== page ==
Moses had explored the upstairs and sometimes come downstairs even coming to the kitchen for mealtime, and had found a safe harbor in Stanley. I would sometimes see them walking together, Moses cuddling against his side for safety. It might be time to take a chance and see if she had managed to acquaint herself with the house and the household.

She was not in her room so I closed the door, went outside and picked up the mama kitty and carried her upstairs (purring), and installed her in the spare bedroom. Moses was a little frightened when she found her door was closed, but as it turned out she had mingled with the rest of the household enough that she followed their habits of showing up at mealtime and even eventually coming into the bedroom.

The Velveteen Kitty

black and white of cat on deck

Moses on the deck

We did make friends, Moses and I, though she was 12 before she sat on my lap, and I could never pet her with both hands, only one at a time. Long before she trusted me enough to pet her, I was besotted with her shy and gentle personality, and as long as I didn’t make any attempt to pick her up or entrap her in any way, or any loud noises or fast moves, she would sit near me purring and blinking at me happily. I nearly cried with happiness when she did this. With her thick gray fur and sweet personality—“If she was any sweeter, she’d melt,” I always said—I called her The Velveteen Kitty.

When other people entered the house, she sidled off behind something and seemed to disappear. If she was frightened and couldn’t hide she rolled up in a ball and hid her face but never ran away. And she was absolutely silent, only after several years giving a little “silent meow” but only talking slightly to herself late at night when she would play alone with a bizzy ball downstairs.

A slight disability

I initially thought she was simply too wary or frightened to run and play like other kittens, but I also noticed that sometimes her hind legs wobbled. She could jump short distances but certainly not like the others, and she never ran but only trotted and went up and down the steps like a bunny. But when her hind legs didn’t seem to catch up to the rest of her body I asked the veterinarian about it and had her X-rayed. Her legs had seemed to quit developing at some point, the joint not completed and working properly, the bones smaller than they should be, the muscles undeveloped. Whether this was from prenatal or post-natal nutrition, a genetic condition or all of the above no one could know. Though she couldn’t run and play, and could only sit or lie down and only do a partial cat stretch, she never let this get in her way of enjoying her day.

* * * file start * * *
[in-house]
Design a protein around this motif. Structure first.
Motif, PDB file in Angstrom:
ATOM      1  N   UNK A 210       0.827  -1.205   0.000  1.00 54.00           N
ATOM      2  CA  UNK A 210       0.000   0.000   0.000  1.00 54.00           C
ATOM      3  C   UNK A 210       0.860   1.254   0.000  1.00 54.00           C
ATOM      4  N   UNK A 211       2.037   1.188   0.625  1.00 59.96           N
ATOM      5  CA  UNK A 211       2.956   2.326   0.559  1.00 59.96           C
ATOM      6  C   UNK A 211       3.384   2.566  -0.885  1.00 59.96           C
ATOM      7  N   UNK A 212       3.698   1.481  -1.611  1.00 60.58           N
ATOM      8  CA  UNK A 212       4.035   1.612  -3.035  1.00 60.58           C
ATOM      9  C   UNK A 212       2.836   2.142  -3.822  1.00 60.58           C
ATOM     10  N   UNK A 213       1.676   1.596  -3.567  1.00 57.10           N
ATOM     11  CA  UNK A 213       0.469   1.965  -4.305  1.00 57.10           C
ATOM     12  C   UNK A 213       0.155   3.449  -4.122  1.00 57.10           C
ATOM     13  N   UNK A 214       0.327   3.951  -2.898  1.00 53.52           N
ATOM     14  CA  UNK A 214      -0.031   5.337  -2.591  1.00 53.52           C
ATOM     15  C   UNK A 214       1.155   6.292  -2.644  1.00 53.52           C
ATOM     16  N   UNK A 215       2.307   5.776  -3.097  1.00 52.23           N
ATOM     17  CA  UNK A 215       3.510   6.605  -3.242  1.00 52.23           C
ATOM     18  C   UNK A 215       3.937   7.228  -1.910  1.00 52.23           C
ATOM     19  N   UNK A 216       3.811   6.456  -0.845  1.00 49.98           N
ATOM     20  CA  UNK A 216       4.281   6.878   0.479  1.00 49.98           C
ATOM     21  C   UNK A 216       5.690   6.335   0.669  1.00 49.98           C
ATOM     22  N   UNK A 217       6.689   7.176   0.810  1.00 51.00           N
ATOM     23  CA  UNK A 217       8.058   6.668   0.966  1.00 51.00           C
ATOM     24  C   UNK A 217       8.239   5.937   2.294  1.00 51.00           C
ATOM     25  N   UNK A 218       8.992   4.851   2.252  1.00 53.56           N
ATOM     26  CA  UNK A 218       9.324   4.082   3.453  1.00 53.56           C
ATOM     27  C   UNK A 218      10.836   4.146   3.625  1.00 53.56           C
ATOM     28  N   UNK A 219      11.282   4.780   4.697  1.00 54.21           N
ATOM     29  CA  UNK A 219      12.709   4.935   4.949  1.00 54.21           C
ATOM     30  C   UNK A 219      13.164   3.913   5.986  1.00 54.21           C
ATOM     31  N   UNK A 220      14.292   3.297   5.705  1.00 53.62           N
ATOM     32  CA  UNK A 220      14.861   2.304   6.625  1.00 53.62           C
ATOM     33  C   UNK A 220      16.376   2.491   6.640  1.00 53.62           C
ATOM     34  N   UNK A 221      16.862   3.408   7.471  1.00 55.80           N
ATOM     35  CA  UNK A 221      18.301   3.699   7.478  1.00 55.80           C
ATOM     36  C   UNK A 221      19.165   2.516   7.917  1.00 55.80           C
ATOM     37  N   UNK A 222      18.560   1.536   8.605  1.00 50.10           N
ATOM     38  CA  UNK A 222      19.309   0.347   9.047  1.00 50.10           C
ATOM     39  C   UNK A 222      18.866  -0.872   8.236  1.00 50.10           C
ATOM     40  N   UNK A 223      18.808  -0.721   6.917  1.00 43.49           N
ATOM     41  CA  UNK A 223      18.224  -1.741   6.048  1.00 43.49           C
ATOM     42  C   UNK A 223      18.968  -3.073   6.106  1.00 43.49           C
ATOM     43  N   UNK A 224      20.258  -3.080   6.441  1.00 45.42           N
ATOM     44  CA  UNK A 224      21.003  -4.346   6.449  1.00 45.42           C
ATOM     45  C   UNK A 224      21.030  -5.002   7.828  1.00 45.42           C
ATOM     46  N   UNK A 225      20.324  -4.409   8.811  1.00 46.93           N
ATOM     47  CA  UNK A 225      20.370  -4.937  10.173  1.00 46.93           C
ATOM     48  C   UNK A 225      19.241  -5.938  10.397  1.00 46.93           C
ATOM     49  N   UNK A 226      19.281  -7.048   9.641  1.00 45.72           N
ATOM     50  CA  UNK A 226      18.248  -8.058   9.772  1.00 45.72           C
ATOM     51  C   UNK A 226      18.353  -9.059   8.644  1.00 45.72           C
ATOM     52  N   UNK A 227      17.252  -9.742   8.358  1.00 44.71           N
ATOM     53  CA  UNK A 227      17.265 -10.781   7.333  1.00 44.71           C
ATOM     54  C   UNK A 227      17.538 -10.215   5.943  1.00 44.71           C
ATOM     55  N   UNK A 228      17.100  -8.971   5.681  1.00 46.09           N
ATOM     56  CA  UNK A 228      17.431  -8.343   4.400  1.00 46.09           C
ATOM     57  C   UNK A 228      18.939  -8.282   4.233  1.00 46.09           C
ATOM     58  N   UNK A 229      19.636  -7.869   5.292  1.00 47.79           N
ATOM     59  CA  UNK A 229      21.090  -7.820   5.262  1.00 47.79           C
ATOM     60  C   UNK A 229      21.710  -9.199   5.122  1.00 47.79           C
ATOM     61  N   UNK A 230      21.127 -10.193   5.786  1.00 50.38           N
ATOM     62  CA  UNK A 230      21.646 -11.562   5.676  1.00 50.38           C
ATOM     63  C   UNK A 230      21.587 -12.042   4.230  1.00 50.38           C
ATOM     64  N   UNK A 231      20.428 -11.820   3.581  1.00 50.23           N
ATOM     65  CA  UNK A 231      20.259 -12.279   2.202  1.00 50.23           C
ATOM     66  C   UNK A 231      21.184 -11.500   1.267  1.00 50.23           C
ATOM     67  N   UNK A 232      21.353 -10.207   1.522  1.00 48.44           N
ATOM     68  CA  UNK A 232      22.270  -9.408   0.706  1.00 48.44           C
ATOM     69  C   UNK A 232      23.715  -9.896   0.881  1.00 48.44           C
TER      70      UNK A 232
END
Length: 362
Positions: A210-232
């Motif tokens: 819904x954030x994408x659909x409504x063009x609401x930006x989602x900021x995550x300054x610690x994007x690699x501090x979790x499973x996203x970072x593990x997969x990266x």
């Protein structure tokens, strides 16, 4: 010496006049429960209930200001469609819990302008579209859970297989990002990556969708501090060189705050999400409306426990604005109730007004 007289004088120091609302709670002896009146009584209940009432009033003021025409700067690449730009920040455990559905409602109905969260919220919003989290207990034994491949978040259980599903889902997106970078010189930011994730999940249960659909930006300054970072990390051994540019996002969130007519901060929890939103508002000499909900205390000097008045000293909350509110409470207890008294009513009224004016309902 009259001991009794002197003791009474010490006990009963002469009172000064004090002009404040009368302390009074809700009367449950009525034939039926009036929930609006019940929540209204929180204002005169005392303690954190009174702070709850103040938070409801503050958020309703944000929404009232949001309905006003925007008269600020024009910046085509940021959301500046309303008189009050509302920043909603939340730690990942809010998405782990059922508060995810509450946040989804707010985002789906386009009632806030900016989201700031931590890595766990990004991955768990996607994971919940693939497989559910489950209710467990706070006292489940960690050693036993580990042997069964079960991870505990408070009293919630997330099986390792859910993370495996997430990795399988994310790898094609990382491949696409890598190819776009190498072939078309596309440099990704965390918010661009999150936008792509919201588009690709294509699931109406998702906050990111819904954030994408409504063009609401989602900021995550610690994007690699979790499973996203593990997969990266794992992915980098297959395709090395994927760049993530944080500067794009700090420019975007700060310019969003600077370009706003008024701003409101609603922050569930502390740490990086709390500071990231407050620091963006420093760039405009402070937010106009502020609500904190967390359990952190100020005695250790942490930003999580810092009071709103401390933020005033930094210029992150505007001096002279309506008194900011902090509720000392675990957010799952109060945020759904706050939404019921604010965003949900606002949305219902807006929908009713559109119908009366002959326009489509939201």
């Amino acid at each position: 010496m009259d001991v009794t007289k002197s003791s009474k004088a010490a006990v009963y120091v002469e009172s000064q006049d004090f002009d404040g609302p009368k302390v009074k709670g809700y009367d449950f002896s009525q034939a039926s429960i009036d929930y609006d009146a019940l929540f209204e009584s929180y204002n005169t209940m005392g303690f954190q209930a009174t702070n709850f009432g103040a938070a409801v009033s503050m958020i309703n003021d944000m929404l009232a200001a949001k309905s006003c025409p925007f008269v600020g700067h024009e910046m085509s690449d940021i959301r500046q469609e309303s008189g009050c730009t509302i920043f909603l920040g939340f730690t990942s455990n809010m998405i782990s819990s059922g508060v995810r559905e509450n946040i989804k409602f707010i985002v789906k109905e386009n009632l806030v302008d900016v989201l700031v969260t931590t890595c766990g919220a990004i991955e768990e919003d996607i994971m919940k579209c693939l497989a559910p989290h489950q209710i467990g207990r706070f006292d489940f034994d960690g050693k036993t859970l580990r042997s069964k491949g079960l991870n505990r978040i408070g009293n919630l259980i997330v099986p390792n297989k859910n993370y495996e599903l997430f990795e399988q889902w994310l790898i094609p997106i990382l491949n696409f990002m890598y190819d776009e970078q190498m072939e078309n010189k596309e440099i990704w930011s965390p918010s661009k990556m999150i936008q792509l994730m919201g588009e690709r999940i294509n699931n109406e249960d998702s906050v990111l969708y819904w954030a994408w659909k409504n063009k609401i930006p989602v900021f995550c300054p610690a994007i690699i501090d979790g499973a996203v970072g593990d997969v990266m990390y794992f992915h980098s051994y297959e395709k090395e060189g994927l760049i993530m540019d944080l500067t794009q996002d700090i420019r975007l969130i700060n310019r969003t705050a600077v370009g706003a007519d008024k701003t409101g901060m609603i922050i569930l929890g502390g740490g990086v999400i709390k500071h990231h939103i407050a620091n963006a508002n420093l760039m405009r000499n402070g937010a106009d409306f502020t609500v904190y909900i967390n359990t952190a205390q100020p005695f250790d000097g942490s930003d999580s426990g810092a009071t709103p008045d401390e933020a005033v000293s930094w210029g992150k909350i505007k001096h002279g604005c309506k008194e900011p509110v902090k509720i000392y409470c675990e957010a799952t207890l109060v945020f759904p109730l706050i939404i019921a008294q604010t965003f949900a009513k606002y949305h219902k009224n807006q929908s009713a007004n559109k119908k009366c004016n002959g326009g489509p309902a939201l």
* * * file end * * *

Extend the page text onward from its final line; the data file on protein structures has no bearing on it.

When glucosamine/condroiton supplements became available I gave her the pills for about a month. It made no difference in her ability, and while she tolerated the pill she gave me one of her very direct looks and headed for a spot of sunshine, or asked to be allowed into her outside areas so she could soak in the sunshine. This was her preferred therapy.

Any animal born and raised with the conditions Moses met in her first few months, then left with the resulting physical and emotional challenges, has all due right to complain, act out or simply give up. But aside from a certain stubbornness, none of these was in her repertoire. I have never met a gentler, quieter, more peaceful soul than Moses, the shy feral kitten and timid adult who became the safe harbor for other frightened kittens I’ve fostered through the years.

And I certainly learned to let the kitty figure it out for themselves and not force my attentions on them. I’ve trapped and rescued many ferals and frightened strays since Moses, and I’m ever glad this patient, gentle soul came first to teach me how it works.

My little garden sprite

cat in garden

Moses in her garden

In her later years she was the spirit of my garden, her main goal to find the sunniest spot on some nice, warm bricks and have a really good nap as birds, voles and other creatures went about their daily habits to her sleepy disregard. She quit running when strangers arrived as her hearing and eyesight began to fail in her later teens and she simply wasn’t as aware of them. She made it to her nineteenth year, accepting all of her physical limitations but enjoying life no less than some other cats who race around the house, beg for attention and steal food.

She simply suffered from old age, but had no specific condition. I was surprised—after her beginnings I had expected her to be frail through her life, but as organs began to fail and it was obvious there was nothing I could do but keep her comfortable, my veterinarian reminded me that she lived through her early experience largely on her own inner strength and that was how she had gotten to be 19. She still had that strength and faced her own weakening condition resolutely. The only time in her life she ever made a real meow was the day she literally told me it was time; lying with her back to me, unusual enough, she lifted her head and let out one long, loud meow that raised my hackles and left me with gooseflesh, but I clearly knew what it meant.

Poetry Inspired by Moses

After staying up all night at an emergency clinic one night in January, I had to leave her at another veterinarian for the next day to get her fully stabilized after a bout of congestive heart failure. She’s tough as a rock and, to everyone’s surprise, persisted and recovered. Sitting in the veterinarian’s office waiting to pick her up I could not stop the tears, knowing what I would face. Suffering from an excess of emotions myself, something that’s only slowed me down but never killed me, I had to do something creative or completely burst into tears while…